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Brexit, possible U.S. tariffs, Italy volatility forecast to slow auto growth in 2019

The European auto market’s run of solid gains since 2013 may be coming to an end, with analysts predicting that sales will be largely flat in 2019. Part of that is a natural conclusion to a positive economic cycle, they said, but other factors will play a role, including uncertainty around Brexit, the possibility of U.S. tariffs on imported cars, the volatility of the Italian economy and lingering effects of the new Worldwide harmonized Light vehicle Test Procedure (WLTP).

in Automotive News Europe, by Peter Sigal, 01-01-2019

“In general, we are expecting still some slight growth for 2019,” said Martin Benecke, director of European sales forecasting at IHS Markit. For 2019, IHS is predicting growth of 1.3 percent in Europe, compared with an expected 1.6 percent in 2018.

Among other analysts, LMC Automotive sees an increase of 0.9 percent, while UBS is forecasting an increase of 0.6 percent overall in Europe (including Russia), with a drop of 0.9 percent in Western Europe.

Moody’s predicts growth in Western Europe will be 1 percent, but the company recently downgraded expectations for 2018 to growth of just 0.7 percent, from 2 percent earlier in the year. The downgrade is largely due to the effects of WLTP, especially in Germany, said Falk Frey, a senior vice president based in Frankfurt.

“Most of the risks are on the downside,” Frey said. “I don’t see much on the upside, except that you could argue that some markets, notably Italy and Spain, are still far below their previous peaks in the cycle.”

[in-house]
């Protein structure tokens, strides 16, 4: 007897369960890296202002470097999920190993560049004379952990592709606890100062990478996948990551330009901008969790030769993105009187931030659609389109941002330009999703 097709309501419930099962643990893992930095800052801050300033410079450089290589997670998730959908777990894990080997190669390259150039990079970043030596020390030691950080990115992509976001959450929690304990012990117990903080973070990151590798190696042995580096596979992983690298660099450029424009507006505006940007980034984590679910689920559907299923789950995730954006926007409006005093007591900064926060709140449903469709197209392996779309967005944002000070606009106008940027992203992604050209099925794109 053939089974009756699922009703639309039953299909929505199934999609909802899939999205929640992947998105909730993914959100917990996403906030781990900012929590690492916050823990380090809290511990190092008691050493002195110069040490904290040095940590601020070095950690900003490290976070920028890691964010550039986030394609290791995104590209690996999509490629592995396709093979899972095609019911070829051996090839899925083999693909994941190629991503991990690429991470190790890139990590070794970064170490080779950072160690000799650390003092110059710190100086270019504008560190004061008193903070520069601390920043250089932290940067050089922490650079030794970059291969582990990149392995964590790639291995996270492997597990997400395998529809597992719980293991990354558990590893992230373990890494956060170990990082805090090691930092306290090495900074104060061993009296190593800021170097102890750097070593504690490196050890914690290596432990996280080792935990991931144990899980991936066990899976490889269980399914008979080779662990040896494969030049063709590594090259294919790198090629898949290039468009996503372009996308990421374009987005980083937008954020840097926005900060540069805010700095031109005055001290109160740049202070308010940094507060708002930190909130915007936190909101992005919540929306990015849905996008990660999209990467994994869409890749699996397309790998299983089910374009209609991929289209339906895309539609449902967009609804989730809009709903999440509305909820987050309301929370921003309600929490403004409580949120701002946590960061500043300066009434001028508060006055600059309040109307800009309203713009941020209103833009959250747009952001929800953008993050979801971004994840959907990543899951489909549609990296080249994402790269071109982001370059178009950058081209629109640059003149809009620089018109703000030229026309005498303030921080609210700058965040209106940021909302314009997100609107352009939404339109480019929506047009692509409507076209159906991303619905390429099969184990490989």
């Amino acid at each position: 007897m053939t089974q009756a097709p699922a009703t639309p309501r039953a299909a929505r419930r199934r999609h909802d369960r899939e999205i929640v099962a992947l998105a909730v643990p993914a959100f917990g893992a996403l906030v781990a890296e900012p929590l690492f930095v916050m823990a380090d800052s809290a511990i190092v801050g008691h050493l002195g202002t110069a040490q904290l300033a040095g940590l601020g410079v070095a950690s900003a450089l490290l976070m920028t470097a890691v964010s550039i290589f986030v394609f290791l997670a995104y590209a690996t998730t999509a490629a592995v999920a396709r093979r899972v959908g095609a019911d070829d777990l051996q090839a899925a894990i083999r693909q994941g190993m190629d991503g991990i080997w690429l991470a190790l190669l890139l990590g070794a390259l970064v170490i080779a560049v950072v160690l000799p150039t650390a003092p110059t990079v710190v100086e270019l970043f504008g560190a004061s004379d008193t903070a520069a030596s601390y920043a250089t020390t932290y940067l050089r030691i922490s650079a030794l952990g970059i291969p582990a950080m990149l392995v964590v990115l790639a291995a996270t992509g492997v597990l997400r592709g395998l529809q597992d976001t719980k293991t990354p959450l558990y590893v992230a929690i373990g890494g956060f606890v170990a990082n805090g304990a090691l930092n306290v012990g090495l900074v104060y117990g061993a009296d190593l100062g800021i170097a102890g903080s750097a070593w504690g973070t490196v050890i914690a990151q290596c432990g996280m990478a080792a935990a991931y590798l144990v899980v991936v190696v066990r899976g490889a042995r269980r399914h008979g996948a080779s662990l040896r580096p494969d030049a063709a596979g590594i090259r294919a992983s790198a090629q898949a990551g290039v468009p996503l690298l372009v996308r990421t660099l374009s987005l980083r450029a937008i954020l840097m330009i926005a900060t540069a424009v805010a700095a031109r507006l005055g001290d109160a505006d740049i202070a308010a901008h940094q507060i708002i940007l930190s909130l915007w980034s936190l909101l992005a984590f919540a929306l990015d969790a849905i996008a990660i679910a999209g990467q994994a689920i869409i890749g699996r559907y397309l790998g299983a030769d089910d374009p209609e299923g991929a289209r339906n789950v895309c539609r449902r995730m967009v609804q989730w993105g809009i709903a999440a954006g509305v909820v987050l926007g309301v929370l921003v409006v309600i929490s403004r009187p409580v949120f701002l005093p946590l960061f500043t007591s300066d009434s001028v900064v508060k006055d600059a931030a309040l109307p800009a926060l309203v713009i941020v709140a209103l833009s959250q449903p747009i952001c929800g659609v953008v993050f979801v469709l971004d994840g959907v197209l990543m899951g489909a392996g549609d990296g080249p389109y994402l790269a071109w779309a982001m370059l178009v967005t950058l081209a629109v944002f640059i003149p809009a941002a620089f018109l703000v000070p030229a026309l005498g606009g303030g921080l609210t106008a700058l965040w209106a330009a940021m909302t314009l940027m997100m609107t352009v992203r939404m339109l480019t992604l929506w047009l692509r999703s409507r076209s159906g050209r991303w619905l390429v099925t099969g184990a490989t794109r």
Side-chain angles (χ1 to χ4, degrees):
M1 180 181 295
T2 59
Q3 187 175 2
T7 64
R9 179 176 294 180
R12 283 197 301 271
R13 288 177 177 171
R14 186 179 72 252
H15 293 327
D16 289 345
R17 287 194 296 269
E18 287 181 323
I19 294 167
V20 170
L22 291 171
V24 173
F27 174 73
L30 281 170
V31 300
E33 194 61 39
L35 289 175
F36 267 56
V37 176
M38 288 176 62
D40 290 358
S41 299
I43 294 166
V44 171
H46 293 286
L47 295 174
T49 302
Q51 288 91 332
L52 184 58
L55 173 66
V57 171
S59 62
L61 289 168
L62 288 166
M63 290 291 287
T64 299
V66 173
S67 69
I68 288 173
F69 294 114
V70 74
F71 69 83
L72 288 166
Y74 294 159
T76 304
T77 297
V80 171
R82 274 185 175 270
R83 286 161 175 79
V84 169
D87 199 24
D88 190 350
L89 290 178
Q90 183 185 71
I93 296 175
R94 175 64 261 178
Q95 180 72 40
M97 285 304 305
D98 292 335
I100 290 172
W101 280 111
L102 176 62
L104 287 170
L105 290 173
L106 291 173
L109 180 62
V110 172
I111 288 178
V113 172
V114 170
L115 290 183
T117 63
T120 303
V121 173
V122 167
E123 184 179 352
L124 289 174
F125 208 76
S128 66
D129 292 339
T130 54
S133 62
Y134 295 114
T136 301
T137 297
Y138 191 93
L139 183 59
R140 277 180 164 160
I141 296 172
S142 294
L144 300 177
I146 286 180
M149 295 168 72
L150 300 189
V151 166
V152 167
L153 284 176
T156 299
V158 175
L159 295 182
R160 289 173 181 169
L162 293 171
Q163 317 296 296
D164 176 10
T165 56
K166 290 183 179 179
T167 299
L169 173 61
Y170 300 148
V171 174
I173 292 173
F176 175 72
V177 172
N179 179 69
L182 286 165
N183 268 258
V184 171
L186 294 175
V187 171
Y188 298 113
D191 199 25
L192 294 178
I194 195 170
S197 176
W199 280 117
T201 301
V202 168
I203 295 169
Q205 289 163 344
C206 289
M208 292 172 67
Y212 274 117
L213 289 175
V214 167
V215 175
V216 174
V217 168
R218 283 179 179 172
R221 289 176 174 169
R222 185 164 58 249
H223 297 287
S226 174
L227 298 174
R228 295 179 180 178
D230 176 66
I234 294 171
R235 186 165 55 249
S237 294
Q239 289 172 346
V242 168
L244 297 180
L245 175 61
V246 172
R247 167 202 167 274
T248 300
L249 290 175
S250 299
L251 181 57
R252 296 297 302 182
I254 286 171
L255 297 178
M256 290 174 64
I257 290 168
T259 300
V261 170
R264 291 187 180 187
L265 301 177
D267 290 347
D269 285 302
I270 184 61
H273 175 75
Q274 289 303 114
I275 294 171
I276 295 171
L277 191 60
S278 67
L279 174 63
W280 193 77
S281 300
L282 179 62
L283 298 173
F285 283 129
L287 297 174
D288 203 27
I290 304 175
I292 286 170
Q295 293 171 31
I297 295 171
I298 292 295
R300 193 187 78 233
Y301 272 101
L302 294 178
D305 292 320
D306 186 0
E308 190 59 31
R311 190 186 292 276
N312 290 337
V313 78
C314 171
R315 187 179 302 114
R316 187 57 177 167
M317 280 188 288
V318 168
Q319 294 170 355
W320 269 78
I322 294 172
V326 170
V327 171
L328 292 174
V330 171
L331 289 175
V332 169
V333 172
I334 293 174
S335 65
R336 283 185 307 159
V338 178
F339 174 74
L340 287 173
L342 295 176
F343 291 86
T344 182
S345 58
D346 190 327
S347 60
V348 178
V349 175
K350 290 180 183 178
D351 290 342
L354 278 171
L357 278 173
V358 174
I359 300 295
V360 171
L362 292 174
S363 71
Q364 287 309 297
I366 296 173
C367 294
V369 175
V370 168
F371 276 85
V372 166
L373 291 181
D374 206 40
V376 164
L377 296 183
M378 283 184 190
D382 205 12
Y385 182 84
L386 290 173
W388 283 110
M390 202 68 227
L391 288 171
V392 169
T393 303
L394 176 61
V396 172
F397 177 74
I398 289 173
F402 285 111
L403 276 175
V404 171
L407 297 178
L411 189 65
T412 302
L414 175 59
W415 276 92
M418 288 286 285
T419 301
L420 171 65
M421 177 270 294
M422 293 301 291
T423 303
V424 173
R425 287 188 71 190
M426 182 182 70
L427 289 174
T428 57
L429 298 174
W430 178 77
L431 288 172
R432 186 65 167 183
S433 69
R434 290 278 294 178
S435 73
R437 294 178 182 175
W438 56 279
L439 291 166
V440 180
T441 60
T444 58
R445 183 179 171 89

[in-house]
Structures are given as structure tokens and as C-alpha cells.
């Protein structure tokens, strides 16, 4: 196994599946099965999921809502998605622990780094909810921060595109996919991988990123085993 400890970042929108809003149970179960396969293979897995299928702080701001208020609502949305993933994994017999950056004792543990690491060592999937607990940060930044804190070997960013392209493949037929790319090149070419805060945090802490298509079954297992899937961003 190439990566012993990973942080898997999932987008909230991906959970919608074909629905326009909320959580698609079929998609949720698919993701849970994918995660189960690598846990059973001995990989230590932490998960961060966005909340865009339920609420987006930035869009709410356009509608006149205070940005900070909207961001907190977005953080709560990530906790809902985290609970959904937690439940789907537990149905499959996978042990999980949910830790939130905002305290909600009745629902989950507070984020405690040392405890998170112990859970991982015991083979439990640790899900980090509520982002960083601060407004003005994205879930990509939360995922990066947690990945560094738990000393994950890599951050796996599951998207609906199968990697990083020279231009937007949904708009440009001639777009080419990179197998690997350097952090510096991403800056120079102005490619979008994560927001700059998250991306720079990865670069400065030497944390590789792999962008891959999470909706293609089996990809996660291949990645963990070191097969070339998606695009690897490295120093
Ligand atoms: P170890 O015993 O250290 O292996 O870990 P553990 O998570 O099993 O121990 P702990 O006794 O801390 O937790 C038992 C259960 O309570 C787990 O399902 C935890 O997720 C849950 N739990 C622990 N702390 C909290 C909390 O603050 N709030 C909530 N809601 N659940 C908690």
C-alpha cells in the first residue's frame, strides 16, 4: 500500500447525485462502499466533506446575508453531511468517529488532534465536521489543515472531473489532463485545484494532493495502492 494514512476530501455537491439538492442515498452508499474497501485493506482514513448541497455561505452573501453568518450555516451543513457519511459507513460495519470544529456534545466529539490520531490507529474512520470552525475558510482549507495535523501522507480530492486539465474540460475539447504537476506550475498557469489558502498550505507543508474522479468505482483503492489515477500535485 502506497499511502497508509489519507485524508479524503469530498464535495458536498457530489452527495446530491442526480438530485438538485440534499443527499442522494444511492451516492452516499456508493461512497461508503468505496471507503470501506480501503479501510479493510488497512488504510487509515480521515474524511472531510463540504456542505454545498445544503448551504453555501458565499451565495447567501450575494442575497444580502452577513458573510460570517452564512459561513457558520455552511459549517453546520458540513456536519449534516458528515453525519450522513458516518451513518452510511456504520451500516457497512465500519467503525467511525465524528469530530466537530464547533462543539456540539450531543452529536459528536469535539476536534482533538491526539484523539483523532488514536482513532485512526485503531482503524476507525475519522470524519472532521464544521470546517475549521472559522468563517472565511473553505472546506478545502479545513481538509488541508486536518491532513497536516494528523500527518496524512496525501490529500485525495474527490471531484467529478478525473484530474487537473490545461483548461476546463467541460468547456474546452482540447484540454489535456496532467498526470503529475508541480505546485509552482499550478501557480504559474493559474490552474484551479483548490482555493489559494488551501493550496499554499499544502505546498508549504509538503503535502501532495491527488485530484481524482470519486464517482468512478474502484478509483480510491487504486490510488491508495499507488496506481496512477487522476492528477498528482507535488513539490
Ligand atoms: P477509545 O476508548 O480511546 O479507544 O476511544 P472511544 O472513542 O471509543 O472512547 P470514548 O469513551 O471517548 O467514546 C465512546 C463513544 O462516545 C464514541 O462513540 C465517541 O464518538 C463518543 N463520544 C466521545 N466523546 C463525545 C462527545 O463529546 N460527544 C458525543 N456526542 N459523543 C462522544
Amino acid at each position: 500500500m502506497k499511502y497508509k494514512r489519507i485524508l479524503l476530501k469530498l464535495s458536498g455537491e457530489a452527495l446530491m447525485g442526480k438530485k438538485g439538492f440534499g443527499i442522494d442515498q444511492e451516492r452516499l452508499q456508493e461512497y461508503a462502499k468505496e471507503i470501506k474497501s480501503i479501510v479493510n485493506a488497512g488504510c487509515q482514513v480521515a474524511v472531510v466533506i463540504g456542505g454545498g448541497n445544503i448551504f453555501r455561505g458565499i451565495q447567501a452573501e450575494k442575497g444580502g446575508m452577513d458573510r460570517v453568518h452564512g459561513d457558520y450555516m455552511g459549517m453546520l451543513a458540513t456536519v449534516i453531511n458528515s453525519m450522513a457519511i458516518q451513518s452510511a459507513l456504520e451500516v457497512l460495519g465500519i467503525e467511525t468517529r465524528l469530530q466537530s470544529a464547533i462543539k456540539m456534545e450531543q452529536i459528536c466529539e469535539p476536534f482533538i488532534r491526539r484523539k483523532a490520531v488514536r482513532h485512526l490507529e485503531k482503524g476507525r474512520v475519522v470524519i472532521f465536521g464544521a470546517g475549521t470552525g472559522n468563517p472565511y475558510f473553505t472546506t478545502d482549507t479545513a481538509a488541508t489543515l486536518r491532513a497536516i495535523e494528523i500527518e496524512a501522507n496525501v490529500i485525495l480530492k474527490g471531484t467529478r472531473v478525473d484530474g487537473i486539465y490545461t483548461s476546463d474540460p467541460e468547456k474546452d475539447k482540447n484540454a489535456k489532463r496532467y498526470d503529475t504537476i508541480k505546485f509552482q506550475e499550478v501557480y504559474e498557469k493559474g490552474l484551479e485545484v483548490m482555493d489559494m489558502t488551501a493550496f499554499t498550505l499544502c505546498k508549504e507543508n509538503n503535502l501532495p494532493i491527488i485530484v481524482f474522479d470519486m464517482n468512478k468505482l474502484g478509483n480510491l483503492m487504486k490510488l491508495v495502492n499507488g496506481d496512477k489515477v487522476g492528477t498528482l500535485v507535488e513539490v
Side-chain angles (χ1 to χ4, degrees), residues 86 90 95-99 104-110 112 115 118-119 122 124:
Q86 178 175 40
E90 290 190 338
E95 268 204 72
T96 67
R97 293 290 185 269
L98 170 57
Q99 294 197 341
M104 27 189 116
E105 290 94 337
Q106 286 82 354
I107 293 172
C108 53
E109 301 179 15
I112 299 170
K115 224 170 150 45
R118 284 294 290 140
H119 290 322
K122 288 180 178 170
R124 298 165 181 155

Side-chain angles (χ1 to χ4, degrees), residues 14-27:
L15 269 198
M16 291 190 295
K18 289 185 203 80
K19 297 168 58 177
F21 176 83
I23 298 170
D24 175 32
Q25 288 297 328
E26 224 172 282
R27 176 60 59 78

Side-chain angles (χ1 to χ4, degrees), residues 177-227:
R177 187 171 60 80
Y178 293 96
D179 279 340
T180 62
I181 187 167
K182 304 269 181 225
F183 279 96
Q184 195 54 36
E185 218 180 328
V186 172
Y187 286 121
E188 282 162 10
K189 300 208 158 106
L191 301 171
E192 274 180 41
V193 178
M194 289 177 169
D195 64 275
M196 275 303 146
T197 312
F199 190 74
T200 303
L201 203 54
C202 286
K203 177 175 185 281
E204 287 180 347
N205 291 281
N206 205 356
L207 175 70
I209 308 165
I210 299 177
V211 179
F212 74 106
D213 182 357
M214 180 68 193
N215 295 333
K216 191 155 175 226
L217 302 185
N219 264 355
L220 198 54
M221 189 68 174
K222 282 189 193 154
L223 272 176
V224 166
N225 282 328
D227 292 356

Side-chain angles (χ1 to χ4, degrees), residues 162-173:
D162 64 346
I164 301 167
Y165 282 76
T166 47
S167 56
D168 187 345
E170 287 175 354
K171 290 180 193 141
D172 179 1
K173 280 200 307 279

‘Sideways’ Germany

The European Union forecasts overall economic growth of 2 percent in 2019, essentially the same as in 2018, down from a post-recession peak in 2017. However, the weakest growth — 1 percent or less — will be concentrated in the largest auto markets, including the UK, Germany, France and Italy.

Most Eastern European economies are expected to grow 3 to 4 percent. Consumption is expected to rise by 1.6 percent, the same as in 2018.

Benecke said the recovery from the last recession had largely run out of steam in Germany, Europes largest auto market, and France, while Spain and Italy still have a little headroom for sales growth.

“We see sideways movement in Germany,” Benecke said, adding that possible risks are the threat of U.S. tariffs on imported cars, which would hit Germany disproportionally harder than other European countries, and a less-than-smooth transition if, as expected, Chancellor Angela Merkel leaves before the end of her term. Attractive trade-in or scrappage offers, designed to remove older diesel vehicles from the roads, will help support the market.

Italy, however, could be a trouble spot. The country’s GDP declined in the third quarter of 2018, the first time since 2014 that has happened. “We have reduced our assumptions for Italy a bit, but we are still quite positive because they still really have an old average car parc age,” Benecke said.

Jonathon Poskitt, director of global sales forecasting at LMC Automotive, said Spain has the largest potential for growth in the top five European auto markets next year, at a predicted 4 percent. “Employment growth continues to drive the economy,” he said, adding that expected volume of 1.33 million auto sales this year is still below the pre-recession level of 1.6 million.

Bracing for Brexit

For the third year in a row in 2019, Brexit will have a significant effect on European auto sales, analysts said, but the March 29 deadline for Britain to leave the European Union is now just months away, regardless of whether an agreement with the EU is reached.

The UK could see modest sales growth in 2019, analysts said — provided Britains exit is negotiated smoothly. Moodys is forecasting growth of 1.5 percent, Frey said, noting that while the firms base case scenario is an “amicable agreement without big disruptions,” the risks “are shifting toward a harder Brexit.” Poskitt of LMC also expects that there will be some sort of favorable Brexit agreement. With that in mind, LMC is forecasting growth of 1.3 percent in the British auto market. In the event of a “no deal” Brexit, however, “Our assumption is that the market would drop around 7 percent,” he said.